Salesmanship seems like an odd subject for school, but it’s not. If you can learn how to sell people on something because you believe in it, you have learned one of the greatest skills of Communication. So many people believe in something but don’t know how to get their belief out. Through salesmanship you learn how to convince other people of what it is you’re believing; you learn that you have to let them convince themselves instead of imposing the way you think on them; you learn to approach them from where they are, what they can understand, and what they want. This is all a part of good salesmanship and very essential to being a complete, fulfilled, and mature human being.
Public speaking is also a good thing to learn in the same context. You learn the laws of success. Self-expression should be taught as a means of communication and not just as a means of spilling out whatever you’ve got to say. It should always communicate.
There was a very educated writer who would explain to his father what it was he had written. He’d read it to him, and the father would say, “Well, what do you mean by that?” And he’d say, “Well . . .” and he’d explain it to him in more obvious ways. Then the father said, “Why didn’t you say that?” He found it very helpful. If you don’t know how to express a thought clearly, it means that you haven’t understood it perfectly yourself.
The fourth category, instead of calling it history, geography, let’s call it “Understanding People.” When you teach history in that context, it becomes a much more real approach than just talking of dates, figures, and famous kings. You are understanding people in relation to geography, to psychology, to customs and beliefs. You can evaluate the mores of different peoples and what they’re gaining in terms of what they themselves want.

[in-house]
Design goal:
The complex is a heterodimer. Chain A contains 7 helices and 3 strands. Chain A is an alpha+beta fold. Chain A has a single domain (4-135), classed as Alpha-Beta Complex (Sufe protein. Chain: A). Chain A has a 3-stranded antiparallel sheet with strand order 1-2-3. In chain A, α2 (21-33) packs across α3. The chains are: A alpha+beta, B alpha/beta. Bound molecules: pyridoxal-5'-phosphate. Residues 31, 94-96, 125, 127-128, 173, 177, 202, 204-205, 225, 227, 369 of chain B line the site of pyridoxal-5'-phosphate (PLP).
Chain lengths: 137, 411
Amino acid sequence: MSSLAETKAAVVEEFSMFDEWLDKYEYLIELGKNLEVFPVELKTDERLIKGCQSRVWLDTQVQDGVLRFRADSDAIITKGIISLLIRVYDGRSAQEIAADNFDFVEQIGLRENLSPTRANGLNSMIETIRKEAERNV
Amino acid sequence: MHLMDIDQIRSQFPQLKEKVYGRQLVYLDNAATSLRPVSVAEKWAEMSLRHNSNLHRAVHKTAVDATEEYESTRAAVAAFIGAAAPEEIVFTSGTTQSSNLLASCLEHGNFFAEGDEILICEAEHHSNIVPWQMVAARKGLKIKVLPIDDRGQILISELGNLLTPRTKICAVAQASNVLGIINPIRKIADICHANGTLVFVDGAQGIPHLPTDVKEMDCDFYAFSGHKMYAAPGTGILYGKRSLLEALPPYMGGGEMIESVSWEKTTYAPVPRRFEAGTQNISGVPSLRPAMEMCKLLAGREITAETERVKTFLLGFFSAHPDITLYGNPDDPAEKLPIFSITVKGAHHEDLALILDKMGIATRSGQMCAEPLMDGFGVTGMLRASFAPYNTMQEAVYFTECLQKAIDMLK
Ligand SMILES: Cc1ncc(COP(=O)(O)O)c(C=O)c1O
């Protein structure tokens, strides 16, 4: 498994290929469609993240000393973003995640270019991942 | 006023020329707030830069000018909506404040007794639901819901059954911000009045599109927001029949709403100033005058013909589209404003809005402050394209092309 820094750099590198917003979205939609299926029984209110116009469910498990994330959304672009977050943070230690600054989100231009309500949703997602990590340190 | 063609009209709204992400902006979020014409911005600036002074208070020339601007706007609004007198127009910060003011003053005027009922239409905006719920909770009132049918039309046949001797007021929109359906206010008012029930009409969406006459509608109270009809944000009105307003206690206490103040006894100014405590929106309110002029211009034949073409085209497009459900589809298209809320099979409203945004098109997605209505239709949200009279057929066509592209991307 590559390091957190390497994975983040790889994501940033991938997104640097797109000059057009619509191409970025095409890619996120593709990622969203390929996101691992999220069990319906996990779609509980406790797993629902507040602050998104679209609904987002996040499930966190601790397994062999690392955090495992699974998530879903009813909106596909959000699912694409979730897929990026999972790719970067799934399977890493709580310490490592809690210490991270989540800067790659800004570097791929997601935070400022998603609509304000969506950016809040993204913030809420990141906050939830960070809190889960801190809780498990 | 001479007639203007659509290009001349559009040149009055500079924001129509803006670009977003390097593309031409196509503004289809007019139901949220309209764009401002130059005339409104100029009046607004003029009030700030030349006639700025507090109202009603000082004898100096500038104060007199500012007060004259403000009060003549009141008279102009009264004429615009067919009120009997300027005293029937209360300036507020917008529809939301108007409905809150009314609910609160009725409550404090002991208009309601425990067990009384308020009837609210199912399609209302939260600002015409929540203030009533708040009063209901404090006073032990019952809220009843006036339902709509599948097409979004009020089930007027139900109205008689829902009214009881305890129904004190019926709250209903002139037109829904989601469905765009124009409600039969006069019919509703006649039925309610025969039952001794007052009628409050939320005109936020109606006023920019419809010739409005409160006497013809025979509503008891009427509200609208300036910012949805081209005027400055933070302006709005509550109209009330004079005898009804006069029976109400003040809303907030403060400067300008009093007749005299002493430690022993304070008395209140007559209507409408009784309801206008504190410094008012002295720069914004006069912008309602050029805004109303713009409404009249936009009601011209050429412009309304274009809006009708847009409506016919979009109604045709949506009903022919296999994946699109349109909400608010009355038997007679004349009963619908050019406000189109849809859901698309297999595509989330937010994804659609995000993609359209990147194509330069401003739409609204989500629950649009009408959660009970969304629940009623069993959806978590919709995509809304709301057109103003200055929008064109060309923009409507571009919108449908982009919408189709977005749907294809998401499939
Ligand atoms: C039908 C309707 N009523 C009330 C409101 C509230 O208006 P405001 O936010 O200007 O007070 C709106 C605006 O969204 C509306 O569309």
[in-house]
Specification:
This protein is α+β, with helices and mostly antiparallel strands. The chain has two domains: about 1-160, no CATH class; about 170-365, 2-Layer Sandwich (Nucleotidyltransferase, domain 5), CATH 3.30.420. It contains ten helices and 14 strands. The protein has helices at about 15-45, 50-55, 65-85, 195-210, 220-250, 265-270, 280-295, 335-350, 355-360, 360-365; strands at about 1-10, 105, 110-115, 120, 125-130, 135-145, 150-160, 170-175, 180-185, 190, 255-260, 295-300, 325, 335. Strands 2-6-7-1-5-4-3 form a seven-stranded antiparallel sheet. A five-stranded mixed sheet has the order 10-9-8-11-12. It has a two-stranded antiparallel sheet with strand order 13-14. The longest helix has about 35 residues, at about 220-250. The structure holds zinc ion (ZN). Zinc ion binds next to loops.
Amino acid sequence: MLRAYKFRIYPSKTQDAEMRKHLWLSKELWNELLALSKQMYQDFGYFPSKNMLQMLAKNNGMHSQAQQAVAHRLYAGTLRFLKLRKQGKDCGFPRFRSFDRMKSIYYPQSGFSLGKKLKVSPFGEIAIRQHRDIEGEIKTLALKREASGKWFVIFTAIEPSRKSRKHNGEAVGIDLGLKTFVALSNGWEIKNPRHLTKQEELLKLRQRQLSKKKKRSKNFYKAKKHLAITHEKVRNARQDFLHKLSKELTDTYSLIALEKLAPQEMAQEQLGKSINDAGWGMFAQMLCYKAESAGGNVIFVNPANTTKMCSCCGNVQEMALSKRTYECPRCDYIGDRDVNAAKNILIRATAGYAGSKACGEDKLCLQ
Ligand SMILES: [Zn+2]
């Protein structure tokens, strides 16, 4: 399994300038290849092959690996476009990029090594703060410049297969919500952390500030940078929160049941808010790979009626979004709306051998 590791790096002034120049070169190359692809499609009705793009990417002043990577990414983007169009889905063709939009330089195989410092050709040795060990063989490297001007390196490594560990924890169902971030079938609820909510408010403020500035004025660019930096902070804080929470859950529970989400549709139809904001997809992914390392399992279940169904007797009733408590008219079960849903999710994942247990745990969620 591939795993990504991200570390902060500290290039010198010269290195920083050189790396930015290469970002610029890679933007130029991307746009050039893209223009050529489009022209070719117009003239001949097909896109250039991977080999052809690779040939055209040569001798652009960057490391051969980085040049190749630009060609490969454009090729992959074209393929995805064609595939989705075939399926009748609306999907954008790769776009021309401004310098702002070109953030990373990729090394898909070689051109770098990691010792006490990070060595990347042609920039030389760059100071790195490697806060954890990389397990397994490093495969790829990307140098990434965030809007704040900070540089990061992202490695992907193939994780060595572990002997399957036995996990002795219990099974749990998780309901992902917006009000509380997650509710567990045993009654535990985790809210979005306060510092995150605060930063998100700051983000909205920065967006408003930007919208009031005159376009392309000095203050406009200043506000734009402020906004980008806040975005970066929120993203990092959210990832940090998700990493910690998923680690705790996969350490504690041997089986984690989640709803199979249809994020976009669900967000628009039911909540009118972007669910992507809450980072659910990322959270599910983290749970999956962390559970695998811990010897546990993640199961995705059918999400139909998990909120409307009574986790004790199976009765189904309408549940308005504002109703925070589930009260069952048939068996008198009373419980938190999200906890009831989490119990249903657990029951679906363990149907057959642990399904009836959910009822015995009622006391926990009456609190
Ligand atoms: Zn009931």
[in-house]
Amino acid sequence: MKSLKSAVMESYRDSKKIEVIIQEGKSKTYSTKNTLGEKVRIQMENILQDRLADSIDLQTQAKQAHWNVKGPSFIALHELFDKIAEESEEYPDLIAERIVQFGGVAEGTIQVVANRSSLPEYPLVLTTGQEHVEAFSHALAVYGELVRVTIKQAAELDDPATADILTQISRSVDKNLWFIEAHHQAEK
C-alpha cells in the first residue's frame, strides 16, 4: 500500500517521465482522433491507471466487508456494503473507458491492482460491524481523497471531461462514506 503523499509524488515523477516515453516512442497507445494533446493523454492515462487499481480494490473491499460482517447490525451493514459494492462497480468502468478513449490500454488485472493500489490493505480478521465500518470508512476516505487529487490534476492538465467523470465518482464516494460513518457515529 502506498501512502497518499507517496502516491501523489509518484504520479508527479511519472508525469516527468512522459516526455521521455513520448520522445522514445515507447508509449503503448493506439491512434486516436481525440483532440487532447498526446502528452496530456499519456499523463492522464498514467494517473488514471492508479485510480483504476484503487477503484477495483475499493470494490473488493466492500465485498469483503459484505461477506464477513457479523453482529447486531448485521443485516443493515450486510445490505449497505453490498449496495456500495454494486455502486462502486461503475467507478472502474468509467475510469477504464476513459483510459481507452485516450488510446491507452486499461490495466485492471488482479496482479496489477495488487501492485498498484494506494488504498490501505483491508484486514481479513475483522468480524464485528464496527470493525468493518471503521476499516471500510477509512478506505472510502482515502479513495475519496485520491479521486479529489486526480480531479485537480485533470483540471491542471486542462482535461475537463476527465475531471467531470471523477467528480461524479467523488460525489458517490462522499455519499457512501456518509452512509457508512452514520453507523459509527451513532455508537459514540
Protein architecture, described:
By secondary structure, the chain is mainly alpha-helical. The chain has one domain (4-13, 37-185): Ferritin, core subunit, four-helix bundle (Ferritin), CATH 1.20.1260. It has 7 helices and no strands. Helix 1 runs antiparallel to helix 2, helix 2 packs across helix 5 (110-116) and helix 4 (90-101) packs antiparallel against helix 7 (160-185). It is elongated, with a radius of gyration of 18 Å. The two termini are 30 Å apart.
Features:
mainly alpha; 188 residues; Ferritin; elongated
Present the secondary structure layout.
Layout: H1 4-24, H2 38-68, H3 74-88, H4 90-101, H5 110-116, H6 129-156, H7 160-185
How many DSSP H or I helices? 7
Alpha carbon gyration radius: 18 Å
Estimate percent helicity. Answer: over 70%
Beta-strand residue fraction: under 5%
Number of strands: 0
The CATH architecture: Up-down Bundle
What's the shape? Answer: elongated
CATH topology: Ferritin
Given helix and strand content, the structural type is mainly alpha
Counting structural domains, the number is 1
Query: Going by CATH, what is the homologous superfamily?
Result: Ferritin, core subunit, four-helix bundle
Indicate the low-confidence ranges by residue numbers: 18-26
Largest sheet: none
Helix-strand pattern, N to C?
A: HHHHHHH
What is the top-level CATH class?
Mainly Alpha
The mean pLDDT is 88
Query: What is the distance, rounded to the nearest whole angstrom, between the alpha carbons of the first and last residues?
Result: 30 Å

For example, the average anthropology class would tell you that there are tribes in Africa who consider kindness merely a sign of cowardice, of weakness. Well, the average anthropology class would leave it there as if they have as much right to say that as we have to say the opposite. But if you study it carefully, you will see that that’s not true. It shows that they are at a lower level of human evolution, and that they’re not able to get everything they want in human terms from one another.
If you study these things, you can evaluate mores without projecting your values on to them and achieve a much higher level of self-understanding. Humanize history by teaching about individuals and about the era in which they lived, and then it will become more real.
A fifth category is “Cooperation,” so named to give a positive emphasis to subjects that are normally studied with insufficient reference to their human realities: foreign languages, political science, economics, and business. I don’t have time to go into these things. If you read what I’ve written and meditate on it, I think you’ll come up with the same understanding.
And finally a sixth category, to tie it altogether and to give it a totality of relationship, is “Wholeness.” Here you see how art and music appreciation are brought together by literature. Philosophy and religion are two other obvious subjects which could be taught under the category of Wholeness.
Here you have the new principles started by Master, in 1916, of Education for Life. If we take these and refine them, work on them, and develop them through practice, I think we have something so revolutionary that it can make this a Dwapara Yuga country. We can tune into the divine energy that is trying to flow down to mankind at this time. We can be, in other words, forerunners of this new age.